About [ethics in photography]

Photography and film-making are increasingly integrated into many aspects of a student’s academic life. Even two decades ago, visual images of others were for private or small group viewing. This is no longer the case. We now have cell phone cameras, Facebook, blogging and other means of communicating images to a wide audience in a very short time. Many of these images find second lives, being shared in ever-widening networks or, even, picked up by news outlets. And this dramatic technical change raises questions that are not part of most students’ thinking. Now is the moment, when with the many service-learning projects and increased funding for undergraduate research at Duke and other schools, to examine what it means to take, own and share a photograph.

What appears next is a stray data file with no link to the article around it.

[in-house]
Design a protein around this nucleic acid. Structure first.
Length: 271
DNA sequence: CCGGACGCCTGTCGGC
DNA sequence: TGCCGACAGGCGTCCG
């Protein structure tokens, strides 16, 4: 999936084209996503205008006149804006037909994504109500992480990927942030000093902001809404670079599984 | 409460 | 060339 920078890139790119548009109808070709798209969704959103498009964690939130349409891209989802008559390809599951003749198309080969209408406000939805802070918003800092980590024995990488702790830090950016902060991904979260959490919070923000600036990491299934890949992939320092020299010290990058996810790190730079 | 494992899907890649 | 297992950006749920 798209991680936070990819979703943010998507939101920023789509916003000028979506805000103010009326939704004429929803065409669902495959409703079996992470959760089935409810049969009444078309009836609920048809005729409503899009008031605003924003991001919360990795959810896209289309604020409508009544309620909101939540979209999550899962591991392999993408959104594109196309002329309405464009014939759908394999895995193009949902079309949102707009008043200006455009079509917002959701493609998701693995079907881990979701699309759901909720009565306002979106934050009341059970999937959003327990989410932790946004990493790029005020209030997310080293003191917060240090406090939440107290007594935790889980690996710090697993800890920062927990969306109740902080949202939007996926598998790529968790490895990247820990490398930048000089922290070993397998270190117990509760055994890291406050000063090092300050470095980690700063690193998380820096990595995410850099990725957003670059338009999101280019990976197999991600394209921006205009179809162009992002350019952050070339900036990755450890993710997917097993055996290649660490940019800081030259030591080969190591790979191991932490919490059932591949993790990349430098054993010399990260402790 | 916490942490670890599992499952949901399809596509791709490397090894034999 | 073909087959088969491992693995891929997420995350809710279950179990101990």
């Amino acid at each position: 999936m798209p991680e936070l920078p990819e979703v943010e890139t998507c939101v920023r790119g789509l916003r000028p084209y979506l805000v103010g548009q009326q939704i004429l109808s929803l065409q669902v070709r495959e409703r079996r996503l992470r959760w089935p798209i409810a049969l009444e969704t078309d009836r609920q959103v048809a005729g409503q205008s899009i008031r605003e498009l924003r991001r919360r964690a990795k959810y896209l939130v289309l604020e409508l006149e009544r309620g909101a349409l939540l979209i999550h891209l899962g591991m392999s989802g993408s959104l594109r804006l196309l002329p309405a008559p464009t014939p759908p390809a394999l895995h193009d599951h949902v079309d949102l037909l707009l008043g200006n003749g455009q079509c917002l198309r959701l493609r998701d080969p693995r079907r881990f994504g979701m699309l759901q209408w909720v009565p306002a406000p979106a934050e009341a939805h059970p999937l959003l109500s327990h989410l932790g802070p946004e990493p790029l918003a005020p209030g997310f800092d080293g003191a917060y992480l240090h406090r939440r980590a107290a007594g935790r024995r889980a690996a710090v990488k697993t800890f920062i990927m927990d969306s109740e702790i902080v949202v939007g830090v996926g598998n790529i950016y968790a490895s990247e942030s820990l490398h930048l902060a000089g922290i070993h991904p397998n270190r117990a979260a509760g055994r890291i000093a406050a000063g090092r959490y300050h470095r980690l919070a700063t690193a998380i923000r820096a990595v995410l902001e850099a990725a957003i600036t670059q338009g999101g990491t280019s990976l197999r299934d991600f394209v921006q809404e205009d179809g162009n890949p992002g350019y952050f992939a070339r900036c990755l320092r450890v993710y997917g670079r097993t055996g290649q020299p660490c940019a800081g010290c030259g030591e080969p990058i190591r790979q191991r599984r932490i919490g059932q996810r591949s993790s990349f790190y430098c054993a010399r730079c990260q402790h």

The workshop has a single objective: to get Duke and other students thinking about their responsibilities in taking a photograph when they are participating in a service-learning program or carrying out their own research.

We have brought to Duke a number of leading photographers and a photography editor to reflect on their ideas of responsibility when they take or use a photograph of another human being. The morning panel will be moderated and will allow for questions.

Following lunch, students who have registered will gather in their assigned small groups to think through issues raised by the morning’s panelists. A local photographer will help moderate each group. The groups are not expected to report out.

One week in advance a very brief case will be placed on the DUCIS website for the workshop. The panelists will receive the case and be asked to comment from their experiences.

While the morning program is free and open to the general community, lunch and the afternoon breakout sessions are limited to college students from Duke and other area colleges and universities.

For more information, contact Rob Sikorski.